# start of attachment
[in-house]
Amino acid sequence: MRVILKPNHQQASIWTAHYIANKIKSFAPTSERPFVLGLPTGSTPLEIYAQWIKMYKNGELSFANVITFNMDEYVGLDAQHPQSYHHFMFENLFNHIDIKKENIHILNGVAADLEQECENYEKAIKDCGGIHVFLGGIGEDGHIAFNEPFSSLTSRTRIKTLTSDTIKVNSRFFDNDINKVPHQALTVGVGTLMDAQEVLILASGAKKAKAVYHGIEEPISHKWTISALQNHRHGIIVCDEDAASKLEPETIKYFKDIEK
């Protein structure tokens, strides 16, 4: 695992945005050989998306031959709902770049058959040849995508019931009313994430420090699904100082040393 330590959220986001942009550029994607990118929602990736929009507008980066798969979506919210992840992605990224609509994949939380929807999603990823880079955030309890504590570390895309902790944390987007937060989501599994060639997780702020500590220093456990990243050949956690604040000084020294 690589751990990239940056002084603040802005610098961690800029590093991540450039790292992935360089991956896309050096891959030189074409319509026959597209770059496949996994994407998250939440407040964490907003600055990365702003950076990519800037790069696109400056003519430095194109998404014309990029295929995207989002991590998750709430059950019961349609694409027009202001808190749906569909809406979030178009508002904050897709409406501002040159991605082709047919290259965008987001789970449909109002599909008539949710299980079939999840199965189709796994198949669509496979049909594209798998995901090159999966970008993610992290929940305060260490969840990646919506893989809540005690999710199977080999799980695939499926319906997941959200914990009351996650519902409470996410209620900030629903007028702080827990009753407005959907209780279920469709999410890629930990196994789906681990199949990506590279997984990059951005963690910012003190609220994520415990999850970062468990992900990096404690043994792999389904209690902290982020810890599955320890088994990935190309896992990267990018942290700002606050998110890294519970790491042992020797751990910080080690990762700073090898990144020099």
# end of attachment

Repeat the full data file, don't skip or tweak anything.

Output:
[in-house]
Amino acid sequence: MRVILKPNHQQASIWTAHYIANKIKSFAPTSERPFVLGLPTGSTPLEIYAQWIKMYKNGELSFANVITFNMDEYVGLDAQHPQSYHHFMFENLFNHIDIKKENIHILNGVAADLEQECENYEKAIKDCGGIHVFLGGIGEDGHIAFNEPFSSLTSRTRIKTLTSDTIKVNSRFFDNDINKVPHQALTVGVGTLMDAQEVLILASGAKKAKAVYHGIEEPISHKWTISALQNHRHGIIVCDEDAASKLEPETIKYFKDIEK
């Protein structure tokens, strides 16, 4: 695992945005050989998306031959709902770049058959040849995508019931009313994430420090699904100082040393 330590959220986001942009550029994607990118929602990736929009507008980066798969979506919210992840992605990224609509994949939380929807999603990823880079955030309890504590570390895309902790944390987007937060989501599994060639997780702020500590220093456990990243050949956690604040000084020294 690589751990990239940056002084603040802005610098961690800029590093991540450039790292992935360089991956896309050096891959030189074409319509026959597209770059496949996994994407998250939440407040964490907003600055990365702003950076990519800037790069696109400056003519430095194109998404014309990029295929995207989002991590998750709430059950019961349609694409027009202001808190749906569909809406979030178009508002904050897709409406501002040159991605082709047919290259965008987001789970449909109002599909008539949710299980079939999840199965189709796994198949669509496979049909594209798998995901090159999966970008993610992290929940305060260490969840990646919506893989809540005690999710199977080999799980695939499926319906997941959200914990009351996650519902409470996410209620900030629903007028702080827990009753407005959907209780279920469709999410890629930990196994789906681990199949990506590279997984990059951005963690910012003190609220994520415990999850970062468990992900990096404690043994792999389904209690902290982020810890599955320890088994990935190309896992990267990018942290700002606050998110890294519970790491042992020797751990910080080690990762700073090898990144020099």